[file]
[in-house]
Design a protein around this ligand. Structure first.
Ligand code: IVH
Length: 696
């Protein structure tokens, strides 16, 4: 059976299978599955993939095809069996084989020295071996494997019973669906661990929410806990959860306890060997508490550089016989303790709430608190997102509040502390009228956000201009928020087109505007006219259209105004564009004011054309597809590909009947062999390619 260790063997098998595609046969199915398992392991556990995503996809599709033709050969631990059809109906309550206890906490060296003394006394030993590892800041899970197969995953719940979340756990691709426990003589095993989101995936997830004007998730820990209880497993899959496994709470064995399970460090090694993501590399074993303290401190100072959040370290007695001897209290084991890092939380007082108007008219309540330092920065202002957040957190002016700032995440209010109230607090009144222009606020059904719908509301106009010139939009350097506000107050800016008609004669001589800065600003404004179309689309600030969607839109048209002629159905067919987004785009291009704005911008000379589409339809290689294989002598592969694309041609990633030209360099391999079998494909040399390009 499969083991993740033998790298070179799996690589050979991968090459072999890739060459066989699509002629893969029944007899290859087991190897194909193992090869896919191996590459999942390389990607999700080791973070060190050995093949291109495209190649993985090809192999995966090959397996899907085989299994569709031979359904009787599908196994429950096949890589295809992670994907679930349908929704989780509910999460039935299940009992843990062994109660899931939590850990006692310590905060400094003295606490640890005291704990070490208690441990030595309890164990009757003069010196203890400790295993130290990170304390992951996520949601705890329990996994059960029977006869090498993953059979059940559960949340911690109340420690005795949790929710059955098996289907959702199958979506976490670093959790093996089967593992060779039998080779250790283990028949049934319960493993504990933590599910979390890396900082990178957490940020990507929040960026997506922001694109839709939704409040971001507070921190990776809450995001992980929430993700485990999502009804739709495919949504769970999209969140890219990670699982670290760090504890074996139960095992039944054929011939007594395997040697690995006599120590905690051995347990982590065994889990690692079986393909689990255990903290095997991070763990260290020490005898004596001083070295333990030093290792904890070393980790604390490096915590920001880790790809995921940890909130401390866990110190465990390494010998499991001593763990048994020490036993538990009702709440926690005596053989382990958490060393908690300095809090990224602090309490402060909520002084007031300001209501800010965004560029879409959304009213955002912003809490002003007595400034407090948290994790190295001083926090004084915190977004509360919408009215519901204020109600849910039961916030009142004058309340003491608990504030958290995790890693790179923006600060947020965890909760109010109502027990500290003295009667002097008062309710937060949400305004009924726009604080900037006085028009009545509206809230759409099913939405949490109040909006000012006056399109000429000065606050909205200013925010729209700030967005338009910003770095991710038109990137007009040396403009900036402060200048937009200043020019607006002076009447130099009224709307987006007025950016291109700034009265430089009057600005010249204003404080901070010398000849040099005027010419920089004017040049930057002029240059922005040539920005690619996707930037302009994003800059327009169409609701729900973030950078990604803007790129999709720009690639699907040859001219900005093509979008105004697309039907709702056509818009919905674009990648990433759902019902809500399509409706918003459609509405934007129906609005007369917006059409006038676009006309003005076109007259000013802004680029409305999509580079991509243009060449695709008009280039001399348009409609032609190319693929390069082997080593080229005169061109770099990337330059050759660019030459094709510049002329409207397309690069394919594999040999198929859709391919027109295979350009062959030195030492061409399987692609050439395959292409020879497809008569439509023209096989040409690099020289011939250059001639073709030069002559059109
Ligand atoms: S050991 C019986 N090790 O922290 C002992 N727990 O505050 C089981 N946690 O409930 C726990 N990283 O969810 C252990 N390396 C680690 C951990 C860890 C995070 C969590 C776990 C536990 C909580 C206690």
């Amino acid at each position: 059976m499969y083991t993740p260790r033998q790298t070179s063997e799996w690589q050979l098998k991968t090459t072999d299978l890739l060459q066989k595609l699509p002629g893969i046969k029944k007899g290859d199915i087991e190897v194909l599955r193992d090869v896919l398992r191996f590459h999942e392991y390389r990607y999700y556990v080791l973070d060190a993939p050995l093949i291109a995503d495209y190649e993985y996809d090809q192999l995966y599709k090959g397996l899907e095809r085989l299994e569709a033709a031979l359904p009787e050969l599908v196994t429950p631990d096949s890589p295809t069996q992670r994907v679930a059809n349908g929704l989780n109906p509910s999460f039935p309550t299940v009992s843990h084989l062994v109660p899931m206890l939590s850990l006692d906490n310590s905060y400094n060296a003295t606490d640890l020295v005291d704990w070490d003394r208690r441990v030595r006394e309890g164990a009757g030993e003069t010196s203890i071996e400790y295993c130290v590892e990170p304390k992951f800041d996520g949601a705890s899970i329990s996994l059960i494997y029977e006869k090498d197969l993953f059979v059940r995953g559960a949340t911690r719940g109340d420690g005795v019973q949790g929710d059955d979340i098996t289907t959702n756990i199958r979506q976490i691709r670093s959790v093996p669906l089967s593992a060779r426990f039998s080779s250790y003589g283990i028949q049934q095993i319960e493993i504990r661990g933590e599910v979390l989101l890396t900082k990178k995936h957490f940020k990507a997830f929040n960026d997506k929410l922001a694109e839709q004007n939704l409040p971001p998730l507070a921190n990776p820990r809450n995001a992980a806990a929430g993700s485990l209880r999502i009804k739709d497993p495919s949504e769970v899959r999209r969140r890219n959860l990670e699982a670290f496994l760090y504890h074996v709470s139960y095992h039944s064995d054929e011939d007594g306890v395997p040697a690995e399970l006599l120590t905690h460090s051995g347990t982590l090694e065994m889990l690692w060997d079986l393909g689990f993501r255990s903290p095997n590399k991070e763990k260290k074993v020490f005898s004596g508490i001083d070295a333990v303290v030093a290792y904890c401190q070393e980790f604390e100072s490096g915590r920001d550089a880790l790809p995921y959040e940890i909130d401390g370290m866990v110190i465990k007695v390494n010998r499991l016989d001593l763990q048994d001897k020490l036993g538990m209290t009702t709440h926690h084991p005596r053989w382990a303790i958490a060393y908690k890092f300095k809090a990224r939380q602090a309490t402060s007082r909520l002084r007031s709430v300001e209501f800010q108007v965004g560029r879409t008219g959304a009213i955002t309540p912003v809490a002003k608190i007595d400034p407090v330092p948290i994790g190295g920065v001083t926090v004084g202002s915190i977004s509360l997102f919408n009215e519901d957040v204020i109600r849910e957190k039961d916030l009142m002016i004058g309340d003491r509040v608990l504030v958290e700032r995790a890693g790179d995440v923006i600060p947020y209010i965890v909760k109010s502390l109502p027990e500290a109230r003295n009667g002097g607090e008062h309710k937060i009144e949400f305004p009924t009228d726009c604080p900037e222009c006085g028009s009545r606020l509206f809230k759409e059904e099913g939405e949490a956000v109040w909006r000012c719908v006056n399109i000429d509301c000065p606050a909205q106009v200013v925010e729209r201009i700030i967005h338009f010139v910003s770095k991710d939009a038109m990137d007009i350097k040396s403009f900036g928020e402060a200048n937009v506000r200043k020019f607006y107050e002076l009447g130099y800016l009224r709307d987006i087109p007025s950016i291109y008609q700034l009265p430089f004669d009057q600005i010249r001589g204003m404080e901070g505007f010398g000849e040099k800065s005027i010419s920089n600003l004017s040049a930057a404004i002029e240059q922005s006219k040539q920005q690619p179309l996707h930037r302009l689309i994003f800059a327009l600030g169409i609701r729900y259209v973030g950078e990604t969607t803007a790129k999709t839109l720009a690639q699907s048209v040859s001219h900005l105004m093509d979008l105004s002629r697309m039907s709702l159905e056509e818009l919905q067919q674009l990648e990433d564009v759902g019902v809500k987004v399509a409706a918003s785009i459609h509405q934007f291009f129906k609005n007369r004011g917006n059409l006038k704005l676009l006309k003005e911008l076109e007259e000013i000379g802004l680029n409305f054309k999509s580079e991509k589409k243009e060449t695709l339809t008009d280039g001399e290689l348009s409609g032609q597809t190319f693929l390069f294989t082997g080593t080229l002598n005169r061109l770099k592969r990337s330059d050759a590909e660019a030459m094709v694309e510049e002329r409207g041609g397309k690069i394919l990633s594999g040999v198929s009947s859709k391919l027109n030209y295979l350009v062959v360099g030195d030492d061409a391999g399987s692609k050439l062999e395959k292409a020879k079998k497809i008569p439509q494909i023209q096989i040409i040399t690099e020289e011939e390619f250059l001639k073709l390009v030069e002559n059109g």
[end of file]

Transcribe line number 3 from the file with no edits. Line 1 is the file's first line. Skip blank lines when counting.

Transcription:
Ligand code: IVH